Return to warmwell.com       About vaccination against foot and mouth

Telegraph Letter Oct 2 2007

http://www.telegraph.co.uk/opinion/main.jhtml?menuId=1588&menuItemId=-1&view=DISPLAYCONTENT&grid=A1&targetRule=0#head2

Vaccination and FMD

Sir - Richard Lutwyche, Secretary of the British Saddleback Breeders' Club, when questioning foot and mouth vaccination (Letters, September 15), wrote: "The need to vaccinate every 16 weeks would be arduous and questionable in terms of animal welfare." His worry is understandable, but unfounded.

There is a proven, potent FMD vaccine available, and one vaccination will provide enough protection to halt an FMD epidemic. The protection against FMD starts four or five days after vaccination. The vaccine does not cause silent virus carriers, and vaccinated and infected animals can be differentiated by simple laboratory tests.

Products from vaccinated animals do not pose a danger for the spread of FMD nor do they endanger food safety.

The method of stamping out FMD without vaccination is all too familiar. Farmers in the FMD and surveillance zones must wait passively until no new cases appear. They can only hope that infected animals or contaminated materials have not been moved and the culling operation itself has not contributed to the spread of the virus.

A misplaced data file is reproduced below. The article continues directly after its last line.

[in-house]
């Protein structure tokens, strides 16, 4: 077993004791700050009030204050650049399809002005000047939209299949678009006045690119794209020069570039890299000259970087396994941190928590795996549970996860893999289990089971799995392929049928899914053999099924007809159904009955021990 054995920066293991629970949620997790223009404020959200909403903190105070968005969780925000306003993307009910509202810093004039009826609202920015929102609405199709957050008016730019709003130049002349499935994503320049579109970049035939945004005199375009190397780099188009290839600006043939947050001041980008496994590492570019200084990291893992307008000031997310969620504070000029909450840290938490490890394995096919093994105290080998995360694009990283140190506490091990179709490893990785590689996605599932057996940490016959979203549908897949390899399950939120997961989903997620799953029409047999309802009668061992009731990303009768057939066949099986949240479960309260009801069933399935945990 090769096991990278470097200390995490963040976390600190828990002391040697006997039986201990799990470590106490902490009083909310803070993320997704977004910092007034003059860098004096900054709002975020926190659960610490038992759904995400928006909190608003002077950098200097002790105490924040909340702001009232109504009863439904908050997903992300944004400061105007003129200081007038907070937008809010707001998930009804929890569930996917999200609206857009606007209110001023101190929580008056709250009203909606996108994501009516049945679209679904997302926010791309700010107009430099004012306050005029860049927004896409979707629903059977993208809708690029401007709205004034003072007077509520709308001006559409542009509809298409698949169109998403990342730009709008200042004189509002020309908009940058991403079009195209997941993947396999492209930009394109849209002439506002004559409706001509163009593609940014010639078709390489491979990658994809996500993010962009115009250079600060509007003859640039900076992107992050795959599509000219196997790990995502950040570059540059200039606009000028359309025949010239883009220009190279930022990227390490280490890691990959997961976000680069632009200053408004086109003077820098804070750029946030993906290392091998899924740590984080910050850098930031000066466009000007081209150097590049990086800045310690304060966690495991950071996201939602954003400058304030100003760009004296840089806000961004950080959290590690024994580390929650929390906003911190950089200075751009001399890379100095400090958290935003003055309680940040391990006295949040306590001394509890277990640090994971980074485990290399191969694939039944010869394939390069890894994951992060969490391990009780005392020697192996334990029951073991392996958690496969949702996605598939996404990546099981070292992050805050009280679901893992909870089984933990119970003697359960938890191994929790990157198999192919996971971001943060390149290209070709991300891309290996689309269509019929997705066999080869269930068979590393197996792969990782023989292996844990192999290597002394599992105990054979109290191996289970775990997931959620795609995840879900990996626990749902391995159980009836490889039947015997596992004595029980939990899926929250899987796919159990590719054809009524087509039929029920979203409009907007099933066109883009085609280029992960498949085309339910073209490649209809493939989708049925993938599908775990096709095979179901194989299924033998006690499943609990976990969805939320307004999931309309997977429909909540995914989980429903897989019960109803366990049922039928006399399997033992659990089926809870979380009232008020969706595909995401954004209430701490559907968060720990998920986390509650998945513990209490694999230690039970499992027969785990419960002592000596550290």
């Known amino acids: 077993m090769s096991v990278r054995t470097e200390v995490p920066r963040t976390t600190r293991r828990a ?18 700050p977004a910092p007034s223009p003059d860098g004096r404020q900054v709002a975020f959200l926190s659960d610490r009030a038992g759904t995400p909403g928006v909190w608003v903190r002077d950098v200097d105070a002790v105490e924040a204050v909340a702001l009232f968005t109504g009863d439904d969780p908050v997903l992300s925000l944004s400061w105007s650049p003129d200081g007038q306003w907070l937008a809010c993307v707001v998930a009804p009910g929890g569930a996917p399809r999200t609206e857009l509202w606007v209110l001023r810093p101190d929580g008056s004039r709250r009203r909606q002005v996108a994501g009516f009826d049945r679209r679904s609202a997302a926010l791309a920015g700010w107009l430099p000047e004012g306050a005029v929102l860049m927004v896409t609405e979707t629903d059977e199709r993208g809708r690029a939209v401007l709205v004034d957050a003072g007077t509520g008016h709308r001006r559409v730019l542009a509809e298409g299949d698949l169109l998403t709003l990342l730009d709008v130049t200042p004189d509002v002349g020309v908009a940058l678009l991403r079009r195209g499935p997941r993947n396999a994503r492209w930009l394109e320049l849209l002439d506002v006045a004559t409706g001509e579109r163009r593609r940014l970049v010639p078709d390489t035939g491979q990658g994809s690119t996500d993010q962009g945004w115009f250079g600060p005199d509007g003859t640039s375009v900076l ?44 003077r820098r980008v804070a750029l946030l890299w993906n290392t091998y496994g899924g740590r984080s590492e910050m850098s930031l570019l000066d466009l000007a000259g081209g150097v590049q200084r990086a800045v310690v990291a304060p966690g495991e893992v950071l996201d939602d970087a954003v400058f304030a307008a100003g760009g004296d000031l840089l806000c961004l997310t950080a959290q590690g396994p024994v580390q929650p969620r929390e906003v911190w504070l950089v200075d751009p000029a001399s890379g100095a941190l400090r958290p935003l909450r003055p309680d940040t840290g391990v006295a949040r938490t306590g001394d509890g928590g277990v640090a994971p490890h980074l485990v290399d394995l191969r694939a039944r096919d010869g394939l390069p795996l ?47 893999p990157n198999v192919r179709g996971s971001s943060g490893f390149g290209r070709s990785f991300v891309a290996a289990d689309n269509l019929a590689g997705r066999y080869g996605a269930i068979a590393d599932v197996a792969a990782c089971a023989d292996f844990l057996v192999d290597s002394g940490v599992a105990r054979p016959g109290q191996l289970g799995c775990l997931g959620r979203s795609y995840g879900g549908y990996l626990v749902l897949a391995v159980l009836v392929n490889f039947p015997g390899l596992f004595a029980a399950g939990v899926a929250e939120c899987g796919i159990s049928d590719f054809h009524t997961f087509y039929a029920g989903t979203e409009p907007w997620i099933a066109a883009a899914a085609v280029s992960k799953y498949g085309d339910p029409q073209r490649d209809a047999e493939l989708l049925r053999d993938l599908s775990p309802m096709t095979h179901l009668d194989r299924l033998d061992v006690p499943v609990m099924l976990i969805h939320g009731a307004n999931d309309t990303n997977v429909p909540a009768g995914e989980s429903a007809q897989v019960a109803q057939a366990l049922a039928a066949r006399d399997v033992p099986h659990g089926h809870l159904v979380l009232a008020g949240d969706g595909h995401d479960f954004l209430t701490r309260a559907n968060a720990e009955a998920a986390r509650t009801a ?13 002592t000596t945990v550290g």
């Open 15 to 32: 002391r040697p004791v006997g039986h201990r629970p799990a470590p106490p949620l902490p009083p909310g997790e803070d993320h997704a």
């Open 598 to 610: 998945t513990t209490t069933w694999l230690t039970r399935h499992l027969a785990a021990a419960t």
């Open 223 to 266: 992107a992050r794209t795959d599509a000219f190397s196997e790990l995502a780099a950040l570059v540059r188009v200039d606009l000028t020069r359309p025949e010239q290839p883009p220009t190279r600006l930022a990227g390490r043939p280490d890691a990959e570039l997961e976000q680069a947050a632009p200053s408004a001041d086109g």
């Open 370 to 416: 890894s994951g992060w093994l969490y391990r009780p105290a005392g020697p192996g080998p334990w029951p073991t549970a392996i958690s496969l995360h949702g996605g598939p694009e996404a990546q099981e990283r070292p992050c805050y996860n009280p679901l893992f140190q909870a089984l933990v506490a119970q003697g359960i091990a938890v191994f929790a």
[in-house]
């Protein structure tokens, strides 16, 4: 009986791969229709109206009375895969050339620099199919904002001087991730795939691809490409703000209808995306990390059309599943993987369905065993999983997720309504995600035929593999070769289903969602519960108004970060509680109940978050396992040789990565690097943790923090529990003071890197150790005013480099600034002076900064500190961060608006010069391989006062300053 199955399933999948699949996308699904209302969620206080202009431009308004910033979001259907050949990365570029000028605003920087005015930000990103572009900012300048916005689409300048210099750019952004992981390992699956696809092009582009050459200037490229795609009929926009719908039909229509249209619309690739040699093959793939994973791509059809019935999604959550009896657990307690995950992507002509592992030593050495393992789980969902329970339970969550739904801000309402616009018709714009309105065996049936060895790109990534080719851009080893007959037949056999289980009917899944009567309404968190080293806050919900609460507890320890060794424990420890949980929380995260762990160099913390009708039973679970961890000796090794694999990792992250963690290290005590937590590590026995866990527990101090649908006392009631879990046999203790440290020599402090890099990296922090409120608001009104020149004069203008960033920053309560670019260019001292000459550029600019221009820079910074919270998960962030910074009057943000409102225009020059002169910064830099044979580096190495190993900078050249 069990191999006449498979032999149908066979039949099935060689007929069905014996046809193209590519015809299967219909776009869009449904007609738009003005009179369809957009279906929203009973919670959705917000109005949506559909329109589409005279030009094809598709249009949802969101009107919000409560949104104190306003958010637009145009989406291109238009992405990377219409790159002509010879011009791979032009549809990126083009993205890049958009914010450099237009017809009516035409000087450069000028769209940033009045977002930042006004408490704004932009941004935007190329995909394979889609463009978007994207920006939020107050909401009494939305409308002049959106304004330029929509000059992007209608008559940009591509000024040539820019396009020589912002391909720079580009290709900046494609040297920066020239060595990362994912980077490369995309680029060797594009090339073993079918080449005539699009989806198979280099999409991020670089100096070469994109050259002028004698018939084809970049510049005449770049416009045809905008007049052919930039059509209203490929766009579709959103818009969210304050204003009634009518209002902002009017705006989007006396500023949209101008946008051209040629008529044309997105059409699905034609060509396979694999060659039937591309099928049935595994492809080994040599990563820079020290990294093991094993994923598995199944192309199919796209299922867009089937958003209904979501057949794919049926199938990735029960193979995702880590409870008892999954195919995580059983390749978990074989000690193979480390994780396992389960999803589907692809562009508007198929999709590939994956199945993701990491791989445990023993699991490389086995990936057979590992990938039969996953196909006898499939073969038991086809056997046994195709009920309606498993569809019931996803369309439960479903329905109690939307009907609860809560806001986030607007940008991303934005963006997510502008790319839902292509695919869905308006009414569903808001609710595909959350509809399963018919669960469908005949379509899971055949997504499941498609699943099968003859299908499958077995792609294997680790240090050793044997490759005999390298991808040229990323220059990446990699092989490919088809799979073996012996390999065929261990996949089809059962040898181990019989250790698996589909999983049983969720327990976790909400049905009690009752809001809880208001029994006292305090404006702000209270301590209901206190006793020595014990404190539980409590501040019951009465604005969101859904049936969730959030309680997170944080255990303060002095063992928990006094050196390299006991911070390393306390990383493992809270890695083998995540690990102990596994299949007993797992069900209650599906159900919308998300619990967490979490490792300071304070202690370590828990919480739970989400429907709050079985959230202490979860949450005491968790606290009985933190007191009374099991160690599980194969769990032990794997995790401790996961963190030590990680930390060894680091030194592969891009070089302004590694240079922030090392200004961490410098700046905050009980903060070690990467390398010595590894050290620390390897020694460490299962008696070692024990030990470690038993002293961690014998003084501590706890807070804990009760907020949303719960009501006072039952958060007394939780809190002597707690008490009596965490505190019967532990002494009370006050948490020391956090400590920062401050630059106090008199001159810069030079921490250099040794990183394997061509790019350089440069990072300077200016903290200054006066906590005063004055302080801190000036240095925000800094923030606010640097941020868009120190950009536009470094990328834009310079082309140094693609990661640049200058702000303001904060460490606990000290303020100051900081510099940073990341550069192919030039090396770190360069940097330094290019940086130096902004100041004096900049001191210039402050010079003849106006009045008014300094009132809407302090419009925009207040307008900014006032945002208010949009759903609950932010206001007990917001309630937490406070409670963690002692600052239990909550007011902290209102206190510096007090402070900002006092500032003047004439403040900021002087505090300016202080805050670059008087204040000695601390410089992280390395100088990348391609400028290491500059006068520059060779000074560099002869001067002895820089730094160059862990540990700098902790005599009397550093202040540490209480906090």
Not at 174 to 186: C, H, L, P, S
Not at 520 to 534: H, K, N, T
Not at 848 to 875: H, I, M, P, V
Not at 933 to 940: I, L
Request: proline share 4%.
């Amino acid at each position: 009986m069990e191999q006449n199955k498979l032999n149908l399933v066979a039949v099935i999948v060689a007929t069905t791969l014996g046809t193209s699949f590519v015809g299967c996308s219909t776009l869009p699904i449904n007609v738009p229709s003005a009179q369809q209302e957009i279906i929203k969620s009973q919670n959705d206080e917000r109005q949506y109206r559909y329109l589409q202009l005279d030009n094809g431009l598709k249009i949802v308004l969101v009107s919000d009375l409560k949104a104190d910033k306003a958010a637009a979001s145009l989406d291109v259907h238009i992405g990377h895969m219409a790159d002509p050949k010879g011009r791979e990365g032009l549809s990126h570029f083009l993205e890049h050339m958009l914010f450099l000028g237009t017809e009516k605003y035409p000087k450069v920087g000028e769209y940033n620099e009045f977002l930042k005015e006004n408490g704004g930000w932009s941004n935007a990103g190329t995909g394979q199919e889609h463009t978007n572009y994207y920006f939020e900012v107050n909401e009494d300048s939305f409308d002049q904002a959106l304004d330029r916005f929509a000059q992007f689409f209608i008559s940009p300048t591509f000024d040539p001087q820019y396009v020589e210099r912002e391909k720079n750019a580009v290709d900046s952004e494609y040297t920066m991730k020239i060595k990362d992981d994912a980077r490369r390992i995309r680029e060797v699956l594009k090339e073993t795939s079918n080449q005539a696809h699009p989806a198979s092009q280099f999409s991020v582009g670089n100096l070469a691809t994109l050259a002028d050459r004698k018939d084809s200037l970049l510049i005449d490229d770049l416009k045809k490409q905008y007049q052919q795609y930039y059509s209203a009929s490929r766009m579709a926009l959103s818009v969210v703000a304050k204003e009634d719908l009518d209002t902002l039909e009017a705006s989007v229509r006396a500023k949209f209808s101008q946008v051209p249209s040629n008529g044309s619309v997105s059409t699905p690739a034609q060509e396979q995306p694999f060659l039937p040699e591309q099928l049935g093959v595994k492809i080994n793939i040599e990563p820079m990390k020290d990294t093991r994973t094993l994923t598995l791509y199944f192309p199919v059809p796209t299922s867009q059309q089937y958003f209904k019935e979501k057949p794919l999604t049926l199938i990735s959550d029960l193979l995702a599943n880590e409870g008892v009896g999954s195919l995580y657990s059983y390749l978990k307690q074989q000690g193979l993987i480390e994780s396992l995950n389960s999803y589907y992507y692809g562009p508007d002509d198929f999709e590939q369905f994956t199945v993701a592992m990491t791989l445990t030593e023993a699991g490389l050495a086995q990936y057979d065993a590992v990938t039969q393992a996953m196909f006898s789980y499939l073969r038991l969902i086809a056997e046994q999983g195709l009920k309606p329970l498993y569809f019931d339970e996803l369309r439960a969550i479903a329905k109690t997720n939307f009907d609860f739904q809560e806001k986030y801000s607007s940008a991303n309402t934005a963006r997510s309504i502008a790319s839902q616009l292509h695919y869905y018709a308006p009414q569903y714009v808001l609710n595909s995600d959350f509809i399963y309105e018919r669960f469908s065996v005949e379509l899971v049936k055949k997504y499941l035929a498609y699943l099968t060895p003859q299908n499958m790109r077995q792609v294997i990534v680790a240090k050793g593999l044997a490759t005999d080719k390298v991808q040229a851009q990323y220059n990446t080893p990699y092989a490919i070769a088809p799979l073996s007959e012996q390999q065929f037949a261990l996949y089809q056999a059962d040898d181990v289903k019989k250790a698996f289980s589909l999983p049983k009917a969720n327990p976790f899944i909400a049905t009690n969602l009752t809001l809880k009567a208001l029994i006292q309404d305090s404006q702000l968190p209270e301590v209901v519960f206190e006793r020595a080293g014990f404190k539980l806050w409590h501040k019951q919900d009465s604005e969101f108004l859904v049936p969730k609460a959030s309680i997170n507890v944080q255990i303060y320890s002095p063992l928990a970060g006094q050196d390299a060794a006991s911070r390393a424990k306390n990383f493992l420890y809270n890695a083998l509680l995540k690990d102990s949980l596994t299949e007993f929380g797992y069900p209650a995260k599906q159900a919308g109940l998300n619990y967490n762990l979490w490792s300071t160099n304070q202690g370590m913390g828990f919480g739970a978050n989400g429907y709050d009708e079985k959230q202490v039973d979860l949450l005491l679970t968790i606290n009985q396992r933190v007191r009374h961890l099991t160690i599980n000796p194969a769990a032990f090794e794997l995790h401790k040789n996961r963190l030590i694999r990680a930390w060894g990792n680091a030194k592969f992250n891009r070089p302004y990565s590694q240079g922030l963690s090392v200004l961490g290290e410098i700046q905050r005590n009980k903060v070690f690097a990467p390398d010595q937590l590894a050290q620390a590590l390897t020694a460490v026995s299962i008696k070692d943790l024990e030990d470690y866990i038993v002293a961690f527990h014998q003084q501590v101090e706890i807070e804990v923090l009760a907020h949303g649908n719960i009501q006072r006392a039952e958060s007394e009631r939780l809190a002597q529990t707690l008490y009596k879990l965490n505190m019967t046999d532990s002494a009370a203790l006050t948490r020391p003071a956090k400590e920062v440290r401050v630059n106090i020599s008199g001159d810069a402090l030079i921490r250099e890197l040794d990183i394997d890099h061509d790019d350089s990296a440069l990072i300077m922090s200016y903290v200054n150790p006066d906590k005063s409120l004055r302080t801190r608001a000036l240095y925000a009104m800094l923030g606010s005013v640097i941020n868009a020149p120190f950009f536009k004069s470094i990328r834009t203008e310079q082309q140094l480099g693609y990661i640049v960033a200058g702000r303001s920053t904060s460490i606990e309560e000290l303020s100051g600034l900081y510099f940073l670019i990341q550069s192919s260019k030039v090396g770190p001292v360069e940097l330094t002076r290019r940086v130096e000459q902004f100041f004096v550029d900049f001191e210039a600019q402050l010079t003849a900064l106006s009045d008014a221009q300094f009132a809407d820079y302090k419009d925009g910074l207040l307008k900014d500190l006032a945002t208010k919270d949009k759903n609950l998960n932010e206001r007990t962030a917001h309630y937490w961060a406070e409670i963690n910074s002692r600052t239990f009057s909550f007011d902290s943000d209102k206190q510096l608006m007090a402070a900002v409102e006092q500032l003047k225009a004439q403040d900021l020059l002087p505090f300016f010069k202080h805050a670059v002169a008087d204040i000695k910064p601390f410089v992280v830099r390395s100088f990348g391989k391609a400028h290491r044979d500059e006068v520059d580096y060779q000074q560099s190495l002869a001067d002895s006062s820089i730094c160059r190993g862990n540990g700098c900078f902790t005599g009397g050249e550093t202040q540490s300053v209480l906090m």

The countdown on animal movements will start only when the outbreak appears to be fully under control. In 2001 that period started eight months after the beginning of the outbreak.

When vaccine is applied, the scenario is different. Areas in which to vaccinate must be determined by epidemiological boundaries. They need not be circles but must take account of natural boundaries such as rivers and highways.

Since the negative impacts of "vaccination to live" are minimal, the area can be large enough to contain any virus that may have escaped from infected farms. About a week after the vaccination of animals at risk, the outbreak should come to a halt and farmers can stop worrying.

After the last case, the countdown to regain the FMD-free status and the gradual lifting of animal movement restrictions can start.

Dr Paul Sutmoller, Chairman, Animal Health Committee, European Animal Health Association, Ede, The Netherlands

 

  

  

  

  

  

  

  

  

  

  

  

  

  

  

  

  

  

  

  

  

  

  

  

 

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